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Edtech Jobs for Former Teachers: How to Pivot from the Classroom to the Boardroom

The edtech sector has exploded over the past few years, with the number of available jobs expected to nearly double over the next decade. This makes edtech careers a very appealing option for teachers looking to transition out of the classroom. 

In this article, we’ll look at what makes edtech a great choice for teachers, what roles in the industry are best for educators, and what skills they’ll need to succeed in this dynamic and growing industry. 

What is Edtech?

In short, it’s technology that helps students learn and teachers teach. This category includes portals and platforms to facilitate online learning as well as tools that improve the classroom experience. 

While edtech roles all involve working with technology in some way, not all of these jobs require tech skills. The educational side of the industry is just as important, and these are the roles where former educators excel. These job opportunities may still be on the design side, helping companies create the instructional materials included in their programs. Others in edtech work with schools and companies to help them implement new technology and teach instructors how to best use the new systems, or serve as sales representatives who explain edtech products to potential users and help them choose the right one for their needs. This variety of roles in the edtech world means more opportunities for former educators to find a position that’s a perfect fit for their skills and interests. 

Benefits of a Career in Edtech

For starters, edtech professionals typically make more than teachers. The average salary of a public school teacher in the US in 2021 was $65,000, compared to $85,000 for edtech jobs. There are also ample jobs available in this sector. Currently, there are more than one million jobs in edtech across the United States, and these jobs are growing at a rate three times faster than the overall job market. 

Because of this fast growth, demand for workers has outpaced available talent with a background in software design, app development, and other tech roles. This opens up the door for people from other backgrounds to enter the field. Those with a background in teaching are especially appealing to companies since they have first-hand, practical experience with the problems schools face and how edtech can solve those issues. With that information, an edtech company can both design better products and market them more effectively to school districts and administrators. 

3 Best Edtech Jobs for Educators

Educational Sales Representative

Average Salary: $66,220
Education Required: Bachelor’s degree

Sales representatives are the ones who demonstrate edtech products to districts and schools interested in using them. This means understanding both the product and how it will be used in the classroom, something former teachers can do better than most. Communication skills are crucial for these professionals, who thrive when they can build relationships with clients and clearly explain the benefits of their product. 

The typical duties of this role will vary depending on whether you’re an inside or outside sales rep. They may be responsible for identifying potential clients and doing cold outreach, as well as responding to incoming sales calls, demonstrating the product to potential users, and helping school districts identify the right tools for their needs.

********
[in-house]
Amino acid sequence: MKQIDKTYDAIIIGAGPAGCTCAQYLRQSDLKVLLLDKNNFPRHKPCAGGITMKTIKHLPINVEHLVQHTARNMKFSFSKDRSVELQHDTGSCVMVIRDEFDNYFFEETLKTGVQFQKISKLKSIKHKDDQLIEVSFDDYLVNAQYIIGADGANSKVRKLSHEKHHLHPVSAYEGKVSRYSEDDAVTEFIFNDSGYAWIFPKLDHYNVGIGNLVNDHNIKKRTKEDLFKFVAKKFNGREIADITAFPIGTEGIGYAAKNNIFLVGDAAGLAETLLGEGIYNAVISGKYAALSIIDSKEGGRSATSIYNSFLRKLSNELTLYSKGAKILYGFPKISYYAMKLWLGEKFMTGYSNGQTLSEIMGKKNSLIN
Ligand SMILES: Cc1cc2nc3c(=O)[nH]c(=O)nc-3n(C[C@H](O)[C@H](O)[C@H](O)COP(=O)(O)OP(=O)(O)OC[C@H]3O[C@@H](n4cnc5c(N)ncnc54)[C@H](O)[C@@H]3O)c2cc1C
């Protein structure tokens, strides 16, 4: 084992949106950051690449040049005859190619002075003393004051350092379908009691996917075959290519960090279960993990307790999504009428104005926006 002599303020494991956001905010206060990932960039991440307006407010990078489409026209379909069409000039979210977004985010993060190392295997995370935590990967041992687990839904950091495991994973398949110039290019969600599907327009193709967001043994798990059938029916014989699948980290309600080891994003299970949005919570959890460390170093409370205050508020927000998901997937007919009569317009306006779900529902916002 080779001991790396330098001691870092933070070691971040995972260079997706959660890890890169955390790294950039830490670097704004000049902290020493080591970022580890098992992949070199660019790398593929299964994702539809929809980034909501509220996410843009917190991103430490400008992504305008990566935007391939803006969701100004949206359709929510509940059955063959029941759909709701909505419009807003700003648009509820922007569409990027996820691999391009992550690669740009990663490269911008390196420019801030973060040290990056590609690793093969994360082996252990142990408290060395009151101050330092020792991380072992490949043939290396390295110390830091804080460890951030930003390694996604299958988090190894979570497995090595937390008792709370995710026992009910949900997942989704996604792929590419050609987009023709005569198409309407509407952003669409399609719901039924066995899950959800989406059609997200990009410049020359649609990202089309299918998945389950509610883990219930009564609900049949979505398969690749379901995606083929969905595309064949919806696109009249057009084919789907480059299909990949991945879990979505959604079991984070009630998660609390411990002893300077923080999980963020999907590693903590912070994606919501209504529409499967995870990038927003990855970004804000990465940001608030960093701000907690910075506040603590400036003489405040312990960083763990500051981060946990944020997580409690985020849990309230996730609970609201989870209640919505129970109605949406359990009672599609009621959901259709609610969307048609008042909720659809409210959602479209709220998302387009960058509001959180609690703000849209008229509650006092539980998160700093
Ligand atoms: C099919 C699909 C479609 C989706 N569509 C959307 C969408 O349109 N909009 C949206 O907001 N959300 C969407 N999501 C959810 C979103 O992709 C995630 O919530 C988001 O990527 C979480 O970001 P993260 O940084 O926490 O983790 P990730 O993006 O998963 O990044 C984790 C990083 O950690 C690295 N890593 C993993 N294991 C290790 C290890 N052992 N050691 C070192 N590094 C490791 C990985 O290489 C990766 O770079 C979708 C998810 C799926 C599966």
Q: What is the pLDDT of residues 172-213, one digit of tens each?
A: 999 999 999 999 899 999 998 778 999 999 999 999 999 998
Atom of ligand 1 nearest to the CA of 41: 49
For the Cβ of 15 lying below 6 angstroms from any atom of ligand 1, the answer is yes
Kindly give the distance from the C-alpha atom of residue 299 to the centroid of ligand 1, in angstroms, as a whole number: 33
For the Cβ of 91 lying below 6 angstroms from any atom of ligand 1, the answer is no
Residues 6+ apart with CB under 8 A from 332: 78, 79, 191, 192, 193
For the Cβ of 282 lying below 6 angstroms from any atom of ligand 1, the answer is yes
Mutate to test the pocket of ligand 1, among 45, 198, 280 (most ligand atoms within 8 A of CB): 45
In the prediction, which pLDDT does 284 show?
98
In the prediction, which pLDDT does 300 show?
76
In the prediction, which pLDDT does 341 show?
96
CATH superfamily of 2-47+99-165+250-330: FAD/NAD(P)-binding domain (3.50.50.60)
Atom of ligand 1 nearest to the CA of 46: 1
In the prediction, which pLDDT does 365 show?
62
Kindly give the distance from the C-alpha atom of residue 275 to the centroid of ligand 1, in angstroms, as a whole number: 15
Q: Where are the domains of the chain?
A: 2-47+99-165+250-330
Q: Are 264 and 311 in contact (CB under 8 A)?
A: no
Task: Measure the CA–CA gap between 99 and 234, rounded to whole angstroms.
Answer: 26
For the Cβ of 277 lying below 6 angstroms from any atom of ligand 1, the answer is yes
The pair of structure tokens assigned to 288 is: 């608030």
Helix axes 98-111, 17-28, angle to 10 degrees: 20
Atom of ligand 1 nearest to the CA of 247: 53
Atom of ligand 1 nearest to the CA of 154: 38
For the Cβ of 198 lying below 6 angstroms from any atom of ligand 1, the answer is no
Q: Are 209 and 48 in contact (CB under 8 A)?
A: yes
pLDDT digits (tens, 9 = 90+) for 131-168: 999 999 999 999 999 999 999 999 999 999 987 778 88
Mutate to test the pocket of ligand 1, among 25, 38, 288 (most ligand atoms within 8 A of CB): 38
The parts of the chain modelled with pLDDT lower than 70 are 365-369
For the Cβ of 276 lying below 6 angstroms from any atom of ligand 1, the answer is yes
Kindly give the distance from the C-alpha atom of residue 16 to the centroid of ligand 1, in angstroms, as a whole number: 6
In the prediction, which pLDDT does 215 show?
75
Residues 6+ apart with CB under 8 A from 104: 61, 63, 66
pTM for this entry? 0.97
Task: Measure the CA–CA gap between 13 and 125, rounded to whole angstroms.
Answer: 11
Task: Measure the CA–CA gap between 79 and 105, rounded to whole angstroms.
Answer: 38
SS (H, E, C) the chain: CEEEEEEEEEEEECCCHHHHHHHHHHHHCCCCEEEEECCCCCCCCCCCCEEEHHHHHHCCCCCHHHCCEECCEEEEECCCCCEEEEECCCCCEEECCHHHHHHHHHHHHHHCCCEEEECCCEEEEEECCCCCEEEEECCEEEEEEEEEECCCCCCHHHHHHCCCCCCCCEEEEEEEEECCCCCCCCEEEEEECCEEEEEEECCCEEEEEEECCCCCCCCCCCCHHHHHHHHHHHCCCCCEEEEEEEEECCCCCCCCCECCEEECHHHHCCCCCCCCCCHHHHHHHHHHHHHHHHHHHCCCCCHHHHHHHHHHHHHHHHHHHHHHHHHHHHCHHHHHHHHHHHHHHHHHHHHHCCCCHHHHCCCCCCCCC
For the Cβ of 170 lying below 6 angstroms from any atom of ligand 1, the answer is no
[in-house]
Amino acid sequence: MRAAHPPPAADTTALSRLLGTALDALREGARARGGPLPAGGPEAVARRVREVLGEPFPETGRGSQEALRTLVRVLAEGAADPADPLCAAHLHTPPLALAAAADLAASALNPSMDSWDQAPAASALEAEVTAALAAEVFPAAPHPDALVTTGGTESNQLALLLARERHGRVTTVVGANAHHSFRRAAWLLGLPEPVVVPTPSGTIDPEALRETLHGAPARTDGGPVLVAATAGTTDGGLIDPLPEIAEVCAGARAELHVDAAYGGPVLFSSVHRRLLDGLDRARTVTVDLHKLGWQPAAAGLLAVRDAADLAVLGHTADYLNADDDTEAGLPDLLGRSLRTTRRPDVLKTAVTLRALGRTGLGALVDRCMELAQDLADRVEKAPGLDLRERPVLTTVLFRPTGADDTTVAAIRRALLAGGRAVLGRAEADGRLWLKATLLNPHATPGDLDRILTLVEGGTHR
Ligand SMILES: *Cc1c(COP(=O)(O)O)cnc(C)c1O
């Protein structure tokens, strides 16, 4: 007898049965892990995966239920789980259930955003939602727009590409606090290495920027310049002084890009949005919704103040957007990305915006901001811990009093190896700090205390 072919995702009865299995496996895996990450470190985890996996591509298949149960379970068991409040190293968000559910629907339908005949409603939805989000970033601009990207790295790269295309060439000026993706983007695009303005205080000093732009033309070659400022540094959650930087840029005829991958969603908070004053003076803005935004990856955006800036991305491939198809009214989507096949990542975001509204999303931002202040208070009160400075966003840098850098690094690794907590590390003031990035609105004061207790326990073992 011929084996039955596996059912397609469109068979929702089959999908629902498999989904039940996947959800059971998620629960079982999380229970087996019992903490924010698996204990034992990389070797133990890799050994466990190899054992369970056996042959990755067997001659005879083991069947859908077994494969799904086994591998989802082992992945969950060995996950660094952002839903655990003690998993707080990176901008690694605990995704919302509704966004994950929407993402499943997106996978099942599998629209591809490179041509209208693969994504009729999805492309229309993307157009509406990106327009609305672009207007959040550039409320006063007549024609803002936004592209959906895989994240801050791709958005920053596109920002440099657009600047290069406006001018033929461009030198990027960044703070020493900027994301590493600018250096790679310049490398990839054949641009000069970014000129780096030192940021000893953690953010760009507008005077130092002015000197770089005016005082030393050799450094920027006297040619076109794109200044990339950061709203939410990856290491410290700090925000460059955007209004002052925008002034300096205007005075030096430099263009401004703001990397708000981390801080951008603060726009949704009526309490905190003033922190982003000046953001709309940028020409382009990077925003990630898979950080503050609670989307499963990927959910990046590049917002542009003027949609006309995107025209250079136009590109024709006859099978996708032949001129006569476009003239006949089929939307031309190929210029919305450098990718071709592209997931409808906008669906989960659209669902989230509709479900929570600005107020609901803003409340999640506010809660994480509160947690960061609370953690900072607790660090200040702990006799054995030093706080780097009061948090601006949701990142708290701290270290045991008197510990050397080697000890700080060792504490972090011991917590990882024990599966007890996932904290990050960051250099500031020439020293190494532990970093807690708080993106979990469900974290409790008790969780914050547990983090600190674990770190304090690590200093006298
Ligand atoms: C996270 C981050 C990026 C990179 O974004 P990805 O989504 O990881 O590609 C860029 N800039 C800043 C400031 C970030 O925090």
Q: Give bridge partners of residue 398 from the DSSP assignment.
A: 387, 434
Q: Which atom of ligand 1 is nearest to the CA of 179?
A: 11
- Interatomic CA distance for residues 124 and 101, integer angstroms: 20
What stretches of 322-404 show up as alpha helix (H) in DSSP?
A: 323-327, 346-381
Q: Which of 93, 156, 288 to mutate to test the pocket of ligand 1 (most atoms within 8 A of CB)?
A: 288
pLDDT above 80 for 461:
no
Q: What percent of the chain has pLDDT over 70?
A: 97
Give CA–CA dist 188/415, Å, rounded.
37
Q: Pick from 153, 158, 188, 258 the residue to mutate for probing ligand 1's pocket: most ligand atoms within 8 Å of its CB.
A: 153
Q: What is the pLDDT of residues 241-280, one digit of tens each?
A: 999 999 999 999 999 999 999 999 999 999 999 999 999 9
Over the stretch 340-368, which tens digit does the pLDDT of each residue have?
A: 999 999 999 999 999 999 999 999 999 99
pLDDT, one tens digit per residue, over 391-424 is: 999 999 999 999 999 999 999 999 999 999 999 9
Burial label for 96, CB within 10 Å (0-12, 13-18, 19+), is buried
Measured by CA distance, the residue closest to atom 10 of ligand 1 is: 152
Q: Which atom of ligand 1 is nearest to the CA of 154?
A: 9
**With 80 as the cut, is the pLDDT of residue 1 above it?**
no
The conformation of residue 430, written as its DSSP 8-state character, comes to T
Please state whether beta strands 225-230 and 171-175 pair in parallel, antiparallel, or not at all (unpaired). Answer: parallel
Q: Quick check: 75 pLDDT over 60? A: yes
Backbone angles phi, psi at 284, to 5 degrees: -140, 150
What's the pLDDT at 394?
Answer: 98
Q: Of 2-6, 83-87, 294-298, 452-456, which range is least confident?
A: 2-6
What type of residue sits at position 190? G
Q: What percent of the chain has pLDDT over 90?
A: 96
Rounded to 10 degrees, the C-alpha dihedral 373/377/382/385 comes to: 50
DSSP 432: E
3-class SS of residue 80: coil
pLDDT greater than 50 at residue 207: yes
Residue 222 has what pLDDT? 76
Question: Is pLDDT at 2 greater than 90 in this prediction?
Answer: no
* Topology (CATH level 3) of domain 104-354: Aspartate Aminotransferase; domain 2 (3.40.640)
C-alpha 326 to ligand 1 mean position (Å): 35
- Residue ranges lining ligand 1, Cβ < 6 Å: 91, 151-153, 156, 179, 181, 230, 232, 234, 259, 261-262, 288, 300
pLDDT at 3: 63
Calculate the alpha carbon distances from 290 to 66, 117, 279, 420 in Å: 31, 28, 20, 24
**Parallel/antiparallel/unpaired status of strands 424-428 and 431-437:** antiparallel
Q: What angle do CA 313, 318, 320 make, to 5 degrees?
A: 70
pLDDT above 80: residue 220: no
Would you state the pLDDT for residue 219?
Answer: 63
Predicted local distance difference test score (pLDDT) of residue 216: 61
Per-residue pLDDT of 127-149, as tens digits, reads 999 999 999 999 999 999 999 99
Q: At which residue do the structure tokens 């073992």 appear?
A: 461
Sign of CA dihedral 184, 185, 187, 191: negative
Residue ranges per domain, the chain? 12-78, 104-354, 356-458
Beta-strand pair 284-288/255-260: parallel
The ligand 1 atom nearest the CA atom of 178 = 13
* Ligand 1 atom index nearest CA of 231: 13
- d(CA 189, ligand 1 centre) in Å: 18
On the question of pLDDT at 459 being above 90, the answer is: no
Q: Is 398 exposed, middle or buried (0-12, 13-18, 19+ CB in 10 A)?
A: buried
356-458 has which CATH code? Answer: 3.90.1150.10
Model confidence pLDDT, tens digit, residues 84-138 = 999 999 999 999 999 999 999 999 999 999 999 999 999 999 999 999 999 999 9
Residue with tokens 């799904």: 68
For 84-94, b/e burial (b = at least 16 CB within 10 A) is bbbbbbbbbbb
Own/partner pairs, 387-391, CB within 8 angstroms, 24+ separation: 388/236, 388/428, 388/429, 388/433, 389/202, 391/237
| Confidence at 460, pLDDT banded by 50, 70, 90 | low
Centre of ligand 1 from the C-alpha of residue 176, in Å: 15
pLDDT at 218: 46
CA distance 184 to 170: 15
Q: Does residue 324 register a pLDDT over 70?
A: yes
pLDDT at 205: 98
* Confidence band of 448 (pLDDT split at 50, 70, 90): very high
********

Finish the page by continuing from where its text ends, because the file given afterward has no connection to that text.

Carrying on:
Product Manager

Average Salary: $75,313
Education Required: Bachelor’s degree

Edtech project managers coordinate the development team with input from educators, administrators, and students to ensure everyone’s ideas are heard and needs are met. Former teachers thrive in these positions because they come into the job with insights into the teacher’s experience and what helps students learn best. Teachers also have experience explaining complex concepts in a way non-experts can understand, allowing them to bridge the gap between the technical language used by the design team and the practical concerns of educators. 

As you might expect from this description, communication is a key skill for a product manager. Strong organization and project management skills are also crucial, as are agility and intellectual flexibility, since these professionals often have to fill multiple roles to guide the product to a successful completion. 

Instructional Designer

Average Salary: $76,190
Education Required: Bachelor’s or Master’s degree

Companies that design products aren’t the only ones who hire edtech talent. Education organizations also need employees who understand these products and how they fit into the classroom. That’s basically the job of an instructional designer. These professionals create the education and training materials instructors will use in their class based on their knowledge of how students learn, and may be employed by the companies that design the products or the schools that use them. 

Instructional designers need an in-depth understanding of how students learn best. Those with a Master’s of Education in learning design or technology are the best qualified for these roles, though hands-on experience teaching students can also give them this expertise. Teachers who have developed their own curriculums or have worked with school administrators on curriculum development will have the best chance of being hired into these opportunities. 

The Bottom Line

The growing edtech sector has a lot of opportunities for former educators, and the jobs on this list are just a few of the options that they can explore. While it’s not all-inclusive by any means, we hope this article can give teachers some insight into the skills and experiences they’ll need to transition from the classroom into the edtech sector.